There’s no denying, in the wake of several global tragedies and a prevailing sense of dread and anxiety, that horror comics have had a resurgence in recent years. And one of the bigger creators helping to lead that charge has been James Tynion IV. Between titles like Razorblades, The Nice House on the Lake, and Department of Truth, Tynion has told stories that expertly capture the end-times energy, existential uncertainty, and pervasive worry of our times.
And Tynion will continue to do so with his latest project, The Sandman Universe: Nightmare Country. With art from Lisandro Estherren and Yanick Paquette (as well as rotating cast of guest contributors), the story follows the Corinthian, the “Dream’s greatest nightmares, and a proven serial killer when set free in the past.” This time around, though, the Corinthian becomes entangled with a young woman named Flynn as part of of a “dark cat and mouse game” that explores the nuances of modern American society (including “white supremacist militia camps” and “galleries specializing in the art of horror”). The ongoing series serves as a compelling “travelogue through a nation both recognizable and obscene” in what should be a new and daring chapter for this singular comics universe.
Before the book debuts today (Tuesday April 12), we caught up with Tynion as part of a roundtable discussion. The extended chat saw Tynion talk about his life-long love of the Sandman universe, how his other projects prepared him for this title, his favorite parts of the larger mythos, what to expect from this series, and much, much more.
On his favorite Sandman stories/arcs
“Top level, Sandman is my all-time favorite comic. It’s the comic that made me want to write comics. It’s exactly why I do long-from stories — I’m chasing that high I got from reading Sandman My favorite Sandman storylines were always the ones that were a little more grounded in the real world. The one that really made me fall in love with the entire Sandman myth is the second storyline, A Doll’s House, which is, big surprise, the introductory arc of the Corinthian. That’s probably the biggest influence point for my series that centers around the Corinthian. It’s not something that we’re going to be leaning into too heavily but it is something where I wanted to capture that feeling. I wanted the main characters of the series to be human characters who are brushing up against these little touches of the fantastic and then having that completely devastate their lives.”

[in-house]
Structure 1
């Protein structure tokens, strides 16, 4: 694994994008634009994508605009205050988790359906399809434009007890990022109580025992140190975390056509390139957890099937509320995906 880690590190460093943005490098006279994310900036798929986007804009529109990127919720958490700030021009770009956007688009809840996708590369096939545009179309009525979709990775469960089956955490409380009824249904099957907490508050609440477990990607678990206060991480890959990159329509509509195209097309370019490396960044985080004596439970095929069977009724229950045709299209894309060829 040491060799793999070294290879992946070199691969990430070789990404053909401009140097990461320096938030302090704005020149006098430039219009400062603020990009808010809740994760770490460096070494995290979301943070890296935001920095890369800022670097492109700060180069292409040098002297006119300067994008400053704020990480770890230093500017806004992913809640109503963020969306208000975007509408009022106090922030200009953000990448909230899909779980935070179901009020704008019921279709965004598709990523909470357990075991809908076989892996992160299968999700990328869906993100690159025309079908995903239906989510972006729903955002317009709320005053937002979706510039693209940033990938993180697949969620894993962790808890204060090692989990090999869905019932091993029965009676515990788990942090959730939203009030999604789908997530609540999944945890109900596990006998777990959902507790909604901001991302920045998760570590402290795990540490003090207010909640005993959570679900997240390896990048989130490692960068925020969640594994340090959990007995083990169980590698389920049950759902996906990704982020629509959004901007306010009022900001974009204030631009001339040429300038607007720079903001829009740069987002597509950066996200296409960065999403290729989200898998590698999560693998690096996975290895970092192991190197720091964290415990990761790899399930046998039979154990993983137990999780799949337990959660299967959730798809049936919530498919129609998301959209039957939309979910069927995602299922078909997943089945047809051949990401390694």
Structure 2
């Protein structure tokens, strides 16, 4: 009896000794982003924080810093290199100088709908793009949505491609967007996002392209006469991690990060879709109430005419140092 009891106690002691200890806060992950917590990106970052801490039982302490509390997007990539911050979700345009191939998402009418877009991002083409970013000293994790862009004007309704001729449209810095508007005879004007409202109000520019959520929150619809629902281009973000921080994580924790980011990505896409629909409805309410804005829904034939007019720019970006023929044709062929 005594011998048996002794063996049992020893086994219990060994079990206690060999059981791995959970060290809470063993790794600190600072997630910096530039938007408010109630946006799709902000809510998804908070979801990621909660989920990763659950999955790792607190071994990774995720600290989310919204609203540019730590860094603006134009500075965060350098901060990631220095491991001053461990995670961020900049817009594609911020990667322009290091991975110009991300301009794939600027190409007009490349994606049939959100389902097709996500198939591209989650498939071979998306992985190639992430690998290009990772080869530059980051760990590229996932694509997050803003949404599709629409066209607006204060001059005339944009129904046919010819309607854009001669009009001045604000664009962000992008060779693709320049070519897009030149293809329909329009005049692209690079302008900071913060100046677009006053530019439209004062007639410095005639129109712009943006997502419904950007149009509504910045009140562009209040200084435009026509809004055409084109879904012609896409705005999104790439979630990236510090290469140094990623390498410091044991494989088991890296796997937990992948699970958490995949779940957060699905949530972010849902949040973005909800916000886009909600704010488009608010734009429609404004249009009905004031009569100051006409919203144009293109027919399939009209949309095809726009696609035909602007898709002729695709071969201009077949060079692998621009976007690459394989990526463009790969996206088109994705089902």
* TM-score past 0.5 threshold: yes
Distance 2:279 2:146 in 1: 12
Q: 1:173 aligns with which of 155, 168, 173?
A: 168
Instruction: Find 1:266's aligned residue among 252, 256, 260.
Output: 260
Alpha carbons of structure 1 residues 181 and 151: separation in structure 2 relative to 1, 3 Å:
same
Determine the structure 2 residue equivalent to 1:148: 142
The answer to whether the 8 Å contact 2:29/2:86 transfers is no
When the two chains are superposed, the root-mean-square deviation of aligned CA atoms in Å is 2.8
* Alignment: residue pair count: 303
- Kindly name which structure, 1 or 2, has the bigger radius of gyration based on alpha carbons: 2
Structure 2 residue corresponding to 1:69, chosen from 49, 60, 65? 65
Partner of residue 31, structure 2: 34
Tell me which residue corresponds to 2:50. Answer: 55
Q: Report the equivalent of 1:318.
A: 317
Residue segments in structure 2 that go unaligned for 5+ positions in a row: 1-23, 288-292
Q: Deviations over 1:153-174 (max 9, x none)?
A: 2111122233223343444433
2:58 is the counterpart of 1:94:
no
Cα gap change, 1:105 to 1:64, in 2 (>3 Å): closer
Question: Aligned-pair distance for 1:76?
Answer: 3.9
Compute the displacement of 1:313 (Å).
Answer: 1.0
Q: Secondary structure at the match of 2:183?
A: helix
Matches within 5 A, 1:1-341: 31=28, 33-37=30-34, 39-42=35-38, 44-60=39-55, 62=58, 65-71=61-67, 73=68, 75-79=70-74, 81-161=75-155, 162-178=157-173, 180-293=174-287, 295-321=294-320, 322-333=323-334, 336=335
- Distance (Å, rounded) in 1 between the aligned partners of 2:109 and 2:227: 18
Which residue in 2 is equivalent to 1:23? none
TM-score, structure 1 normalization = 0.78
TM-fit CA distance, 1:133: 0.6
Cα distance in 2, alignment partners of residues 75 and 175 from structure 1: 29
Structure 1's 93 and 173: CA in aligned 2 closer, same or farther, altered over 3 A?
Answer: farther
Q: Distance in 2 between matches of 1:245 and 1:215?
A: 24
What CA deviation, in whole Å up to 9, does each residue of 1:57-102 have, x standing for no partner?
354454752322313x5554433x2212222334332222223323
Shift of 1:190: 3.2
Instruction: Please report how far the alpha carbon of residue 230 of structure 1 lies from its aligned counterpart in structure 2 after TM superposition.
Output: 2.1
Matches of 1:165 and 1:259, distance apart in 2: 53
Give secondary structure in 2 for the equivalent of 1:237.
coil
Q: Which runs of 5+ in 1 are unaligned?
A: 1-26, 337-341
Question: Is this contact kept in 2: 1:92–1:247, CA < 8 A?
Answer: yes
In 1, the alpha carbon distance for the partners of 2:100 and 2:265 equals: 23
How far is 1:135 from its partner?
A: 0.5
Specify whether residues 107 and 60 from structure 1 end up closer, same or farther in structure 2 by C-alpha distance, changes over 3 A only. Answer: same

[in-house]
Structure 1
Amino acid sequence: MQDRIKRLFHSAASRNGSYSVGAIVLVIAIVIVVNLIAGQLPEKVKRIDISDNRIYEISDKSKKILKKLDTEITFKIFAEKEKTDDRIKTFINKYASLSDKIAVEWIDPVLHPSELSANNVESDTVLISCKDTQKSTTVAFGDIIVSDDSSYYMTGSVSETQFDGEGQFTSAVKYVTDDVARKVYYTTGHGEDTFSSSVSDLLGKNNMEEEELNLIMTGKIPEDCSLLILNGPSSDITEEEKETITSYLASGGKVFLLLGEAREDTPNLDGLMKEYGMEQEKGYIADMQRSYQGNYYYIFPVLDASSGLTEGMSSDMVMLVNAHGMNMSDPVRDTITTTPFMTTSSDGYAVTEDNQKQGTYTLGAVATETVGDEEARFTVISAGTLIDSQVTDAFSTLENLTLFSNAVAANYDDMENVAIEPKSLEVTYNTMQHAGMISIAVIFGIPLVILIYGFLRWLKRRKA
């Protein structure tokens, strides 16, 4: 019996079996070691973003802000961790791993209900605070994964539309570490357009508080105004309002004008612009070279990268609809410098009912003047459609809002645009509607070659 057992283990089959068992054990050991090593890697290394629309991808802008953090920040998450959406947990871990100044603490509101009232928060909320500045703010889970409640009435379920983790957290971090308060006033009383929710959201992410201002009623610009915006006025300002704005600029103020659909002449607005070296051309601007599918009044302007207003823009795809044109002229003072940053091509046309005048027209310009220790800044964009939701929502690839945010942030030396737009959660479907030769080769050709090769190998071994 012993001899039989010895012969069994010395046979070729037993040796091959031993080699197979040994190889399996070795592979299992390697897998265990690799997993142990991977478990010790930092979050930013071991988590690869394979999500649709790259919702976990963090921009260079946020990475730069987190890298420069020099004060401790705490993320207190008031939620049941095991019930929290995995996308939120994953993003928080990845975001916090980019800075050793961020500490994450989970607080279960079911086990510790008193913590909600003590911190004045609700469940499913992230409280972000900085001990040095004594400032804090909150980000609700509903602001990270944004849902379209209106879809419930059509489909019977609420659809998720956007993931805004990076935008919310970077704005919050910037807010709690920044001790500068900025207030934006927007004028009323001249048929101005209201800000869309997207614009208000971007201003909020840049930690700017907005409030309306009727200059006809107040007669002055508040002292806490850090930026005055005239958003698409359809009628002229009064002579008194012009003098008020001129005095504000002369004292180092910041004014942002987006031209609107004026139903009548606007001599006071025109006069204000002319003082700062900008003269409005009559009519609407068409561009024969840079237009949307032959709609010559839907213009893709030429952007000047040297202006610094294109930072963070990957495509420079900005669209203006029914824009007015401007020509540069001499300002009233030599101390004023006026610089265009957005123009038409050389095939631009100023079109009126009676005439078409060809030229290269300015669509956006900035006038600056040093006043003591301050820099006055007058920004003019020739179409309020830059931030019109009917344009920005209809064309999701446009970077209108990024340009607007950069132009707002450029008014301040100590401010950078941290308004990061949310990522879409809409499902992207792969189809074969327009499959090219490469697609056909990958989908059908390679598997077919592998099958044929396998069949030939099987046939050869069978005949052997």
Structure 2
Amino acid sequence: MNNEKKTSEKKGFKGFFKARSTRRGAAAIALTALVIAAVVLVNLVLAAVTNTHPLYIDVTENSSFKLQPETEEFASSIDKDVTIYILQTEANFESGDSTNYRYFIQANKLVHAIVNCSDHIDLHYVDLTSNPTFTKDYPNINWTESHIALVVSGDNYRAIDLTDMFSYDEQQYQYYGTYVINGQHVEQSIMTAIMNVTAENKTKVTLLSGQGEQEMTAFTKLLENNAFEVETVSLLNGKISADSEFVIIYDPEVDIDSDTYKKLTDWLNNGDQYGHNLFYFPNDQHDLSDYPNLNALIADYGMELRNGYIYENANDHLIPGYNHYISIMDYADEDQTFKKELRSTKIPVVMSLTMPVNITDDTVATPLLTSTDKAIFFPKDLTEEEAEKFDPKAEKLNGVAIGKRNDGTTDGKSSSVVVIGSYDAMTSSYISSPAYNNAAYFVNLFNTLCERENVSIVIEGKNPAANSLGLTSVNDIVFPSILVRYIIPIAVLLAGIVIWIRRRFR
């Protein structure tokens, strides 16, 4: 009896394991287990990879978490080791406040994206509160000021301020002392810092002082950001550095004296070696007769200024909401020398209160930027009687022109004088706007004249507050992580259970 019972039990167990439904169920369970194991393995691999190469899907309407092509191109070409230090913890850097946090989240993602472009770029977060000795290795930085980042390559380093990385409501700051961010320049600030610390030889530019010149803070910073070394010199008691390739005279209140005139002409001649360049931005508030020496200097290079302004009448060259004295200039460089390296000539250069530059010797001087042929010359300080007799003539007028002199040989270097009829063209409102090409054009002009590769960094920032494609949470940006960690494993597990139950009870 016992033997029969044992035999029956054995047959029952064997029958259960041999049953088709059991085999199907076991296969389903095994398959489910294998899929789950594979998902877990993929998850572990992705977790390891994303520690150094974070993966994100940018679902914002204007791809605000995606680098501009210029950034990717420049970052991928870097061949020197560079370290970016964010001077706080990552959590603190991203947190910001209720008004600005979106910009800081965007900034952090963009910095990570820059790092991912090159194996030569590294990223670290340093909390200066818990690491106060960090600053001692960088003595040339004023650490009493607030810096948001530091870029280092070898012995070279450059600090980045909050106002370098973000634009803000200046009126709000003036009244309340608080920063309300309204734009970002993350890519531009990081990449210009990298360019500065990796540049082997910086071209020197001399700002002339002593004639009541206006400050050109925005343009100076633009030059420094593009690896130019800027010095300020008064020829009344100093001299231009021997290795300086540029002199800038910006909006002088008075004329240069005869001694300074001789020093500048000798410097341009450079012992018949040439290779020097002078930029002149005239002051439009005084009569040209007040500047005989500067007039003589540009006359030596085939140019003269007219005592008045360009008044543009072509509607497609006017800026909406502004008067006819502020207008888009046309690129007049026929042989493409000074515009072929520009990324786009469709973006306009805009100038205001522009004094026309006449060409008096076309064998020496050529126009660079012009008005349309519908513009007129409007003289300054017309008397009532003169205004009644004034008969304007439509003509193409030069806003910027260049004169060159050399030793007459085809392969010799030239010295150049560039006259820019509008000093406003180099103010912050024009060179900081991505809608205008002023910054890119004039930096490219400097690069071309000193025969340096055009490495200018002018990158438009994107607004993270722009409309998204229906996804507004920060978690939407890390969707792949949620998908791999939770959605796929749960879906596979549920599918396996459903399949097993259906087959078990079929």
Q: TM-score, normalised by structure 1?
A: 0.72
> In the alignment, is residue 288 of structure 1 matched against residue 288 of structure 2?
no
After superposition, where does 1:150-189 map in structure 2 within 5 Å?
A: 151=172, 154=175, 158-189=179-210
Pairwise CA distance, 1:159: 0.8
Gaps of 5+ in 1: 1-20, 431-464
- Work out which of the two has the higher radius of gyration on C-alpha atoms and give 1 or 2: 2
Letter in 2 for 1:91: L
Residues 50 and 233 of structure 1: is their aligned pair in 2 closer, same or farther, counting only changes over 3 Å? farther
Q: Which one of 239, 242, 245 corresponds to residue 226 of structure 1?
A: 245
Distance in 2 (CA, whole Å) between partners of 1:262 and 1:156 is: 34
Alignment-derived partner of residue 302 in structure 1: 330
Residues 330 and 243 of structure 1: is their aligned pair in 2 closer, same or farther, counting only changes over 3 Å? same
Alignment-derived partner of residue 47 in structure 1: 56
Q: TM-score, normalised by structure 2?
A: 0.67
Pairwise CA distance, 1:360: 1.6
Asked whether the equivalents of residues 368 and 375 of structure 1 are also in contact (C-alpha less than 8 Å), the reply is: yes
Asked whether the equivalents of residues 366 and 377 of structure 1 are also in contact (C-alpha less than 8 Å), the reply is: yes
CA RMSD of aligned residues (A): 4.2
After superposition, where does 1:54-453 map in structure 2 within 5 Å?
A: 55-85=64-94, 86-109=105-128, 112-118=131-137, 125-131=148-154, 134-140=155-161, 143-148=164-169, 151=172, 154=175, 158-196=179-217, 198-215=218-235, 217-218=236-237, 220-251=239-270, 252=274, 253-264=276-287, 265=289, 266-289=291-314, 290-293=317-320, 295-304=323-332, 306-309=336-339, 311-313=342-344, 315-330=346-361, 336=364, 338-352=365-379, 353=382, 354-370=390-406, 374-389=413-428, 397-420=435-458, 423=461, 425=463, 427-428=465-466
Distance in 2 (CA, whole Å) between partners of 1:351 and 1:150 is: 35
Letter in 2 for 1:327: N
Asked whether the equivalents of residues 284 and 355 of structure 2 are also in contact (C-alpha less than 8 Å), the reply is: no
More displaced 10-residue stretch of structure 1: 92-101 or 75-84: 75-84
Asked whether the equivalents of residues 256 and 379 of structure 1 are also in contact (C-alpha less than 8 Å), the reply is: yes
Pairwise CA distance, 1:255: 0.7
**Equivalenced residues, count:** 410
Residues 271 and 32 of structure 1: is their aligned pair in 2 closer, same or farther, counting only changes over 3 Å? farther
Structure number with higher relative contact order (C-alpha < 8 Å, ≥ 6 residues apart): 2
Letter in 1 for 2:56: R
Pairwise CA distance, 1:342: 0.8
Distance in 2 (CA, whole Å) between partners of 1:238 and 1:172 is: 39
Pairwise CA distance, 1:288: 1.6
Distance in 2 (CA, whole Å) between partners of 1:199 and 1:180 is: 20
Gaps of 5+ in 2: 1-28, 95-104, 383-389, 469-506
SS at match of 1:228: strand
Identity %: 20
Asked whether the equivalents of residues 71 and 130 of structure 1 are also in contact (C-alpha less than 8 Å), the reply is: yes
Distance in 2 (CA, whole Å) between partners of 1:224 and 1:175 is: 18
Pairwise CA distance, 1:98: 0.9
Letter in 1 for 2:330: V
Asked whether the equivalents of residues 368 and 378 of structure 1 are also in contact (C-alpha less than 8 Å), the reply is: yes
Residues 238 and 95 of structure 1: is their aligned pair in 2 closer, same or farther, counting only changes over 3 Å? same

On his development and work as a horror writer
“[Razorblades] really brought brought to my attention a bunch of the incredible people working in horror illustration. It was really about absorbing all of those influences and keeping my brain fresh and sharp in terms of my my horror sensibilities. The thing that I’ve always loved about horror is that it is, as a genre, it most immediately reflects the world — the best horror always comes out of deep cultural fears. Cultural fears can be such an immediate thing, and we’ve had a lot to be afraid of over the last few years. And, consequently, I think we’ve had a real resurgence of the horror genre.
What I’m trying to capture in Nightmare Country is a similar thing that have I’ve been trying to capture in books like like The Nice House on the Lake and Something is Killing the Children, which is I’m not looking to do something that’s nostalgia-driven. I’m not trying to write a story that’s just an ode to horror stories that I’ve read and loved before. I want to write something contemporary that feels like it speaks to the moment because I think that the best horror does that.”
On the power and influence of The Corinthian
“I think the answer here is pretty straightforward. I think the Corinthian is one of the best horror images ever to come out of comic books. That smiling, teeth for eyes or mouths for eyes, is just an incredible image that stays with you like the best horror images stay with you. And it has that perfect uncanny valley element where it’s just like this is someone who looks entirely human. Except there’s one thing wrong with him. And that one thing just makes him so, so scary.”
On the lessons of modern America provided by Department of Truth
“I’ve been sort of walking the dark corridors of conspiracy thought and the dangerous ideas that have been spreading in the background of the 20th and 21st century in the writing of Department of Truth. And so all of that influence comes funneling in here.
Particularly in a thread that I haven’t touched on as much in Department of Truth, which is serial killers. In the original Sandman, the Corinthian was like the patron saint of serial killers. This is someone who helped inspire and kick off the peak moment of serial killings, all culminating in the serial convention in that story. And one thing that in doing all of the research into the most messed up corners of American history, it’s actually really broadened my appreciation of going back and rereading through Sandman and seeing how many little subtle references [abounded].